VANCOUVER, BC – Vancouver Whitecaps FC are pleased to announce that the club will be participating in Hope and Health for the fifth year in a row.
Hope and Health is an annual event that utilizes soccer to build resilience and connection amongst Aboriginal children and youth. More than just an event, Hope and Health is a movement to inspire hope, as well as improve physical, mental, emotional and spiritual health and life conditions for Aboriginal children and youth.
Hope and Health began in Nanaimo, BC five years ago. This year, in addition to the annual Nanaimo event, Hope and Health will hold a second event in Vancouver. The inaugural Vancouver event will take place on Wednesday, July 20 at Musqueam Park, while the Nanaimo event will be held on Wednesday, August 31 at Beban Park.
Over 600 children are expected to attend from over 40 First Nation communities, including first time participation from Musqueam Indian Band, Tsleil-Wautnuth Nation, Sumas First Nation, Tsawwassen First Nation, Métis Family Services, Fraser Valley Aboriginal Children and Family Services Society.
At both events, Whitecaps FC players and coaches will host soccer skills, drills, and games, as well as a goalkeeper clinic.
The Vancouver event on Wednesday, July 20 will see appearances by Whitecaps FC players David Ousted, Kendall Waston, Blas Pérez, Tim Parker, Russell Teibert, Jordan Harvey, Fraser Aird, Pa-Modou Kah and Christian Dean. Spike, the Whitecaps FC mascot, will also make a special appearance.
“Whitecaps FC are thrilled to be partnering with Hope and Health once again this year and to be participating in the inaugural Vancouver event,” said club president Bob Lenarduzzi. “It’s about giving these incredible youth an opportunity to play soccer, meet their heroes, and inspire them to overcome any adversities that they may face.”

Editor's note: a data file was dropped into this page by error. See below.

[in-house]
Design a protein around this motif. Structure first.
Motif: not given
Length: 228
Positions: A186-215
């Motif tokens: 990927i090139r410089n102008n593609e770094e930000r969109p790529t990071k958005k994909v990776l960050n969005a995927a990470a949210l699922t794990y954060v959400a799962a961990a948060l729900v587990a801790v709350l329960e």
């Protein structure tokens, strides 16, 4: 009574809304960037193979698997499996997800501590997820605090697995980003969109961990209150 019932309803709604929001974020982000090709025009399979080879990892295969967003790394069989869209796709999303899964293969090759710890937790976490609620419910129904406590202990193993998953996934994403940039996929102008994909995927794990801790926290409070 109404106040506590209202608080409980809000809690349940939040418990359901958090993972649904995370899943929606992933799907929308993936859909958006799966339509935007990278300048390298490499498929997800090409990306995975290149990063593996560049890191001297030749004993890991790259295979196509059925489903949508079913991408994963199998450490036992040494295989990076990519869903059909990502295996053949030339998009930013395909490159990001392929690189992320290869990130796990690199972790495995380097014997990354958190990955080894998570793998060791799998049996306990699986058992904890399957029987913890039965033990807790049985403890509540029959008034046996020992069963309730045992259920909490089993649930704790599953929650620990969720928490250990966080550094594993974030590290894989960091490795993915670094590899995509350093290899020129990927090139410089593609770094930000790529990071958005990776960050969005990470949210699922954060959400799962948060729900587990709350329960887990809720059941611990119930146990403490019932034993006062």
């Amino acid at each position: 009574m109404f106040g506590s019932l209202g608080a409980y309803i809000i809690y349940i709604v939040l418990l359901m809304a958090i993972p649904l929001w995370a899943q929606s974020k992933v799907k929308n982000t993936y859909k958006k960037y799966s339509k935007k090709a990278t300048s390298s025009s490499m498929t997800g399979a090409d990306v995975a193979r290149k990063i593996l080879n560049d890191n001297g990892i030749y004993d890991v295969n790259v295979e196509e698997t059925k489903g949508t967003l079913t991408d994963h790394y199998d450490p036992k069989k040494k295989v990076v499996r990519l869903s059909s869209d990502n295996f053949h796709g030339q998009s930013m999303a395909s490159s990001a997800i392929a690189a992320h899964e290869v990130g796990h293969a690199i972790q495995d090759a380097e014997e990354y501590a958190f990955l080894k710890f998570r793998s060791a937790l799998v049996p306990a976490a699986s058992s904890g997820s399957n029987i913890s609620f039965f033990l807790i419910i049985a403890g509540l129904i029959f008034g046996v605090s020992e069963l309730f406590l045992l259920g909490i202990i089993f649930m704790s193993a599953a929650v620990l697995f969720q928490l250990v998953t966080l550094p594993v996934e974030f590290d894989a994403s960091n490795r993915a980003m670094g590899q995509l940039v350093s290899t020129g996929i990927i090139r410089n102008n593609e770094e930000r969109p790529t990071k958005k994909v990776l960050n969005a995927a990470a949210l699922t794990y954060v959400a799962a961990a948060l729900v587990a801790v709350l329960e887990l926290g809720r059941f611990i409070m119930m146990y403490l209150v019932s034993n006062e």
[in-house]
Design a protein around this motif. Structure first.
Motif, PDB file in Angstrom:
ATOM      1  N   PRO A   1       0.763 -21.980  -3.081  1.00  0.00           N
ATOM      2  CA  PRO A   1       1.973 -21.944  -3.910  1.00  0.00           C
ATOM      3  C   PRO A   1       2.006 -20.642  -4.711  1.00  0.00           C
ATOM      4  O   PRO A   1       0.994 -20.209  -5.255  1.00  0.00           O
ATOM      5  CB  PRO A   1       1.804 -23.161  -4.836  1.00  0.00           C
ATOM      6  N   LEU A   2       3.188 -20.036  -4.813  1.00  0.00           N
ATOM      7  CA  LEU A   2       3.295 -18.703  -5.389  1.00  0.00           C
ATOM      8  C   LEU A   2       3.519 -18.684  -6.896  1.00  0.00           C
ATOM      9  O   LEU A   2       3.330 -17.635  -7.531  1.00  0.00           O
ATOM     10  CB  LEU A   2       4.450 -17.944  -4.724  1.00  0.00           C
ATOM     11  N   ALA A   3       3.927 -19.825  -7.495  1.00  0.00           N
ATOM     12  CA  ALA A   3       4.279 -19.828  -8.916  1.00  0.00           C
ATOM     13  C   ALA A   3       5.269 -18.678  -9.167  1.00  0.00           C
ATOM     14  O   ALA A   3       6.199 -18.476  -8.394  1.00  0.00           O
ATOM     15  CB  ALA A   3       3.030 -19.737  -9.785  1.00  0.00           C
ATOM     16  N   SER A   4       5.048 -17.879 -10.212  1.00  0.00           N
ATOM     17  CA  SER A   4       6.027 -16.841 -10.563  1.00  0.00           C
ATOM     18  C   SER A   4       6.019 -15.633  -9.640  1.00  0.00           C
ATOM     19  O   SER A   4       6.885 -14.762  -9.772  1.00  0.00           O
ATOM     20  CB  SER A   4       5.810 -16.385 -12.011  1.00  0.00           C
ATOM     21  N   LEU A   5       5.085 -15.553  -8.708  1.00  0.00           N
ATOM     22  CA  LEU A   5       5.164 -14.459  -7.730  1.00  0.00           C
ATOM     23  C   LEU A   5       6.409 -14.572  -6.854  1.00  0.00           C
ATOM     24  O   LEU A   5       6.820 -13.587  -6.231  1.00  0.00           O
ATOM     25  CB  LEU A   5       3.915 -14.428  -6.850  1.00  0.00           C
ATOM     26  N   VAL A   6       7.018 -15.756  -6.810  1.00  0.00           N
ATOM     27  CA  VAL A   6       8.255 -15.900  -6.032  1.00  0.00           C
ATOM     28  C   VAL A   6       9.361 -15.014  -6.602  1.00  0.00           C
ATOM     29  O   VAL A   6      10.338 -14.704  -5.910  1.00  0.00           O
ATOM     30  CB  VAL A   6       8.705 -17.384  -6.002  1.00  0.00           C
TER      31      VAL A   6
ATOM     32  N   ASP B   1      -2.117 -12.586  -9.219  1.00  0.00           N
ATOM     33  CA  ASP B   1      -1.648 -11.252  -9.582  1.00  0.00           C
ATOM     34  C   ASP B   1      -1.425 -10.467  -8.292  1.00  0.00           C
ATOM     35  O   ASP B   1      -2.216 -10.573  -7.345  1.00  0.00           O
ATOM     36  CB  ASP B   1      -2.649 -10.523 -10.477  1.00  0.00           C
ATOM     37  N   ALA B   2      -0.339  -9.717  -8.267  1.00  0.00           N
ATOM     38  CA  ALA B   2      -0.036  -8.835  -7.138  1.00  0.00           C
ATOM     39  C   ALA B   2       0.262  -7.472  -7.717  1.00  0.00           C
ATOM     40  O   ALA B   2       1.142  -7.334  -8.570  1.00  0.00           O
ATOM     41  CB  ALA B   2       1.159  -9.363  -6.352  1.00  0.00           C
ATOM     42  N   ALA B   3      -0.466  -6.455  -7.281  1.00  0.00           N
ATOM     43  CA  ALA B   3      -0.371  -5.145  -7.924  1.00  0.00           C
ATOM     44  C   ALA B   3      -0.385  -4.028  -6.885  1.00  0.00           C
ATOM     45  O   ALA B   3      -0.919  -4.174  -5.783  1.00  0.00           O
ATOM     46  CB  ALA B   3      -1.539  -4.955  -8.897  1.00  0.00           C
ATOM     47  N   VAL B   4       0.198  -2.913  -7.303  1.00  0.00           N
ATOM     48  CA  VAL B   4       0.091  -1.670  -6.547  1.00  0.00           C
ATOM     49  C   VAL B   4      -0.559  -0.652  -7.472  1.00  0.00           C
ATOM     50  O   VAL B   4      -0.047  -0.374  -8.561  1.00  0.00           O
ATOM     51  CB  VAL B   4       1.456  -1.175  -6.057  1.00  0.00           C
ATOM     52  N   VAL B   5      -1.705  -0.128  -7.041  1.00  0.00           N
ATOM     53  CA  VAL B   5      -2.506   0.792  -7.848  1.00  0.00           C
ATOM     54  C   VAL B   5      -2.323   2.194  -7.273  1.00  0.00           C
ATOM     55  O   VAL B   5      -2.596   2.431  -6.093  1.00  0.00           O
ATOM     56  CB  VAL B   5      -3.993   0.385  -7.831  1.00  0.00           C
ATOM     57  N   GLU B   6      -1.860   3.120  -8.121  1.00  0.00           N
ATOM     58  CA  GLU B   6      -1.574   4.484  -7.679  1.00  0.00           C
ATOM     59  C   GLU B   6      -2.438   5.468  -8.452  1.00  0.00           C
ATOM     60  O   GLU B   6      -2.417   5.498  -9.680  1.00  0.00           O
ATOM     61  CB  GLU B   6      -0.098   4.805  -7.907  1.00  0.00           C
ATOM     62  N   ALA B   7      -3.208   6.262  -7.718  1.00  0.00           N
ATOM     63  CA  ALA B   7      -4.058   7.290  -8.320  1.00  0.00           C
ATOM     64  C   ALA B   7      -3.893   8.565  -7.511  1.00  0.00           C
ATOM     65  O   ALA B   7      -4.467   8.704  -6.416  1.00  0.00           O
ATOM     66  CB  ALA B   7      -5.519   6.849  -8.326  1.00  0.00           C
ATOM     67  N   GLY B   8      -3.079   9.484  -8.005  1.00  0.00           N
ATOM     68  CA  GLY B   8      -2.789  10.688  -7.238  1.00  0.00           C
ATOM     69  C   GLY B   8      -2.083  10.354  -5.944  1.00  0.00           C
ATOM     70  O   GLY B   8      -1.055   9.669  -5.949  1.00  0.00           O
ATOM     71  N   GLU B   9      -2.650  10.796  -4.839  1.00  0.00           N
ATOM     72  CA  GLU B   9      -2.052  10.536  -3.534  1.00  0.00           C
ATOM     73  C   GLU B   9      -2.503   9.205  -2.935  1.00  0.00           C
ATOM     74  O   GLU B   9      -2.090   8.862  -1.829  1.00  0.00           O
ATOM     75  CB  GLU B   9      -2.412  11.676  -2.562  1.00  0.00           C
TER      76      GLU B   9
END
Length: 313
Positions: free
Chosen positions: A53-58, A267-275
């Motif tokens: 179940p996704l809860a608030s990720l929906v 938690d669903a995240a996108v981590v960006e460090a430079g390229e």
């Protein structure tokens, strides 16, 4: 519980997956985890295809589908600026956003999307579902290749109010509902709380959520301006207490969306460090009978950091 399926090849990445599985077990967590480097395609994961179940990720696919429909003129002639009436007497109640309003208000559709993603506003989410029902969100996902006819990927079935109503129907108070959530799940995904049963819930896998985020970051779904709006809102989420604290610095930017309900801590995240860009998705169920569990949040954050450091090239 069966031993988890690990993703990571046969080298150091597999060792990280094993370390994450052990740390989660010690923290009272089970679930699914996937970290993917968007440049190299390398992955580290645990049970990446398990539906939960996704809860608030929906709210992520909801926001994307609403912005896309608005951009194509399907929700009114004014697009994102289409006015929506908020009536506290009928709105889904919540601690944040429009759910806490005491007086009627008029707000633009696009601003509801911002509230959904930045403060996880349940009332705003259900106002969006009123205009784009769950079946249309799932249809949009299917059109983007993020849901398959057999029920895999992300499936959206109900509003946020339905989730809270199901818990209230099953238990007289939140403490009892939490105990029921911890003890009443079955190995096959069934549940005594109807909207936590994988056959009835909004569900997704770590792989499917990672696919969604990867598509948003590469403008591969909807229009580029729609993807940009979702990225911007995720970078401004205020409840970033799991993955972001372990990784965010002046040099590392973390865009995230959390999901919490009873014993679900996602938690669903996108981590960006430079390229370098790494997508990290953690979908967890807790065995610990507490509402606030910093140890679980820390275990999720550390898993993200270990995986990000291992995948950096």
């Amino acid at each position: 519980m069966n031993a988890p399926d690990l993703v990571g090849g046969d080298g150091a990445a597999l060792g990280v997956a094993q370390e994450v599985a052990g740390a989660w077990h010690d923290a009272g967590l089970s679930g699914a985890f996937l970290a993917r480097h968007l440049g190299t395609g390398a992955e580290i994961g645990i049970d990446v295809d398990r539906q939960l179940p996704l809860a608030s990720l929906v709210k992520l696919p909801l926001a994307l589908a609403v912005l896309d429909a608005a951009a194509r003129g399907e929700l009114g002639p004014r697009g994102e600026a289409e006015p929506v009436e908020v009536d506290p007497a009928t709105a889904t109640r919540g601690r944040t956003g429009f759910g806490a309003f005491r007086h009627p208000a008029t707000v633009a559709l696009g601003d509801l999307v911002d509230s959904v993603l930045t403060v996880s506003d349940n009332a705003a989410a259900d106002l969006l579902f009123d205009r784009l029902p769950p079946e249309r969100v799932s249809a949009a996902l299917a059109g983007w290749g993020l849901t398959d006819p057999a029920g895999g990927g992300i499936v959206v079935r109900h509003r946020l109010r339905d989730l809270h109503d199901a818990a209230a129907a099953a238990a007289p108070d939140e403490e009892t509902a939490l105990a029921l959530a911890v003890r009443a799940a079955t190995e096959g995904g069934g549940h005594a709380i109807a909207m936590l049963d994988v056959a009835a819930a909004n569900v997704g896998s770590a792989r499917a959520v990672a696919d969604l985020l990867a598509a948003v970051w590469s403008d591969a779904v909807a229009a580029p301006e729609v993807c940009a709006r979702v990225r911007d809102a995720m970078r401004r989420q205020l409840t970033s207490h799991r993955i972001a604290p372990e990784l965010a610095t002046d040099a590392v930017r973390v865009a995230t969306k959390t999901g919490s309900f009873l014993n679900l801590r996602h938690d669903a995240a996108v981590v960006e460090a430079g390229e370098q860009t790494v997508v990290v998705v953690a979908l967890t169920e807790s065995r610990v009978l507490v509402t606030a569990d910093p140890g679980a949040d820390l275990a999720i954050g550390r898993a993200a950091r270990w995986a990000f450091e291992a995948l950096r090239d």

This year’s events will be presented in partnership with the Hope and Health For Life Society, Musqueam Indian Band, Kw'umut Lelum Child and Family Service Agency and multiple generous local corporate sponsors.
In 2014, Bill Yoachim, the Executive Director of Kw'umut Lelum and Lalum’utul' Smun’eem Child and Family Services, was nominated as Whitecaps FC’s Community MVP and went on to win the league-wide contest. As a result, $10,000 was donated to directly to children and youth to participate in Hope and Health. The last four years of Hope and Health have been hugely successful, engaging over 1,200 Aboriginal children and youth in soccer since the inaugural event.
Hope and Health events are open to Aboriginal children and youth ages 5-18. Participants must pre-register at hopeandhealth.org to attend.
Hope and Health (Vancouver)
Wednesday, July 20, 10 a.m. to 4 p.m. PT at Musqueam Park
Hope and Health (Nanaimo)
Wednesday, August 31, 10 a.m. to 4 p.m. PT at Beban Park
Watch footage from last year's Hope and Health event in Nanaimo below: